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Dominant Ledecky has biggest test yet — Sjostrom in 200 free

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RIO DE JANEIRO – Take a look at the world rankings in the women’s 200m freestyle for this year, and you will see this:

1. Sarah Sjöström (SWE) – 1:54.34
2. Katie Ledecky (USA) – 1:54.43

Yes, the great Ledecky shattered her 400m freestyle world record on Sunday night, but it’s time to look ahead. The toughest individual race on her Olympic schedule starts Monday afternoon.

That’s the 200m freestyle.

Rewind to the 2015 World Championships in Kazan, Russia. Ledecky wins the 200m freestyle in 1:55.16.

The field she beat did not include Sjöström, who favors the 100m butterfly and 100m freestyle and did not enter the 200m free at Worlds.

MORE: Ledecky swims away with gold, sets record in 400m freestyle

But, Sjöström did swim leadoff on Sweden’s 4x200m freestyle relay at Worlds and clocked 1:54.31, the fastest time in the world since the 2012 Olympics.

If Sjöström had entered the 200m free final that week and repeated that time, she would have spoiled the “Ledecky Slam.”

“I bet that she’ll swim that event [the 200m free] in Rio,” Ledecky said of Sjöström at Worlds. “I’ve never had the opportunity to race her yet, so, hopefully, I’ll get that chance.”

Ledecky got that chance earlier than expected this past January. Sjöström traveled to the U.S. to compete in a grand prix-level meet in Austin, Texas.

And this time the 22-year-old, with the Olympic rings tattooed over the Swedish flag on her arm, did swim the 200m free. But it wasn’t the best gauge for Rio predictions.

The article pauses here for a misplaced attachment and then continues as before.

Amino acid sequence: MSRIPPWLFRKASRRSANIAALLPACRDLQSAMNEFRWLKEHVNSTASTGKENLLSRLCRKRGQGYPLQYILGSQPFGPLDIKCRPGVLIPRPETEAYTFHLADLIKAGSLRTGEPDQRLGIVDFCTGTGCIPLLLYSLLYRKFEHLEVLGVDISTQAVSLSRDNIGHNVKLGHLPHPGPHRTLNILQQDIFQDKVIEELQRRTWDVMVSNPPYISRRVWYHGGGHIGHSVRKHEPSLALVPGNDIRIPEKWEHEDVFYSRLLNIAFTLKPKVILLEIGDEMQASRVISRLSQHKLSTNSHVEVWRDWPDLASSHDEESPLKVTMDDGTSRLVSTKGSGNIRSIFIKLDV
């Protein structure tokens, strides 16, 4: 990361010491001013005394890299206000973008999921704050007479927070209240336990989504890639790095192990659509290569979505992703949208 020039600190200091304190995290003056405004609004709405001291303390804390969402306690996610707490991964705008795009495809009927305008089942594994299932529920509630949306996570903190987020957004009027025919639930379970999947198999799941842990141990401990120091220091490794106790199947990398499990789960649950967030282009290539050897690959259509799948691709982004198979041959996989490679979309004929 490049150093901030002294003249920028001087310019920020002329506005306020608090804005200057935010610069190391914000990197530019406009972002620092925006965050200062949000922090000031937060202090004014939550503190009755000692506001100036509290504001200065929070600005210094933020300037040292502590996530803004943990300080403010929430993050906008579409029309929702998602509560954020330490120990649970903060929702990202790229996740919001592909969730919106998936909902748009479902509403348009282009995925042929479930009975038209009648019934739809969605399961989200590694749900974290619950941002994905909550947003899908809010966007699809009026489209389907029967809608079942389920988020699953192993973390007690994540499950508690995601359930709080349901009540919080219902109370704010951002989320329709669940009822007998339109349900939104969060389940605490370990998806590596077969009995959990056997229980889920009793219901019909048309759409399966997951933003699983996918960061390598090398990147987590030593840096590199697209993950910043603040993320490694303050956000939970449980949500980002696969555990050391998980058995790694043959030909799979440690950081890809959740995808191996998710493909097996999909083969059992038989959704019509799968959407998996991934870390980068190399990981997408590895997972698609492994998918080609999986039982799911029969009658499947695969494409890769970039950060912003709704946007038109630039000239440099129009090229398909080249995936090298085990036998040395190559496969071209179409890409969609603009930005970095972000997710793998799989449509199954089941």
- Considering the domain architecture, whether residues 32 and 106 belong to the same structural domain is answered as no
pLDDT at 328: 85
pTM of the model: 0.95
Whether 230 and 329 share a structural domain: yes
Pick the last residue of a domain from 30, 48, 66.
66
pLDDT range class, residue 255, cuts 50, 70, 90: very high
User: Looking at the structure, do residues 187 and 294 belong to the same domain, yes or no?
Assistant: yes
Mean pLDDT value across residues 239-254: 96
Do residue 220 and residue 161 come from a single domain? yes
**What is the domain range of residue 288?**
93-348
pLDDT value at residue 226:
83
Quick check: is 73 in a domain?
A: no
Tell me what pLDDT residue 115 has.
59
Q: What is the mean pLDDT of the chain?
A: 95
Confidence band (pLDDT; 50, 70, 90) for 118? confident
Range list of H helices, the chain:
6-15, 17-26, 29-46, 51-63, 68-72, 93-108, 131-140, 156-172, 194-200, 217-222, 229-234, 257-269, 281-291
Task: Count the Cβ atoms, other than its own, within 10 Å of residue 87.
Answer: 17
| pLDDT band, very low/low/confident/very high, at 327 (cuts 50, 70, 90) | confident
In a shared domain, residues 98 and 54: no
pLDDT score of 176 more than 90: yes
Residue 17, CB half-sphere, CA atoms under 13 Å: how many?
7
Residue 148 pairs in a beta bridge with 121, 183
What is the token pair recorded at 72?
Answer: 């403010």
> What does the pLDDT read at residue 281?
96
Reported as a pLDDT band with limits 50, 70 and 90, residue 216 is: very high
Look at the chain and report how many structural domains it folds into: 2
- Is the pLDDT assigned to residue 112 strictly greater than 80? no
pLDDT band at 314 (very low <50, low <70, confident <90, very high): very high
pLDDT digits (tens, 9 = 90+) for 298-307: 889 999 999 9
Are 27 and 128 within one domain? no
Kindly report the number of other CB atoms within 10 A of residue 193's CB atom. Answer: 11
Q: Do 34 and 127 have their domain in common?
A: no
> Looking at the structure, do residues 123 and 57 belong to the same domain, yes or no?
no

Ledecky was obviously rested for the Austin meet because she set personal bests in the 100m, 200m and 800m frees.

Sjöström was obviously not.

Ledecky crushed her, 1:54.43 to 1:55.14.

MORE: Who can rival Katie Ledecky?

Then came the Swedish Championships in July. There, Sjöström swam that 1:54.34 to push Ledecky from No. 1 to No. 2 in the world rankings this year.

On Sunday night, Ledecky’s coach, Bruce Gemmell, couldn’t help but notice that both Ledecky and Sjöström lowered their world records in winning gold medals. Ledecky in the 400m free; Sjöström in the 100m butterfly.

“Both of them swam really well tonight, and maybe they’ll meet in the middle,” in the 200m free, Gemmell said.

Sjöström previously said that if she won the 100m butterfly, she would do the samba on Copacabana Beach, which is interesting for this reason: it’s unclear how seriously the Swede takes the 200m freestyle.

Yes, Sjöström has a unique personality.

“I swam wearing earrings today, and I’ve never done that before,” she said Sunday night, “and I listened to music for the first time before a race. Why not?” She also chilled in the afternoon by playing Yahtzee.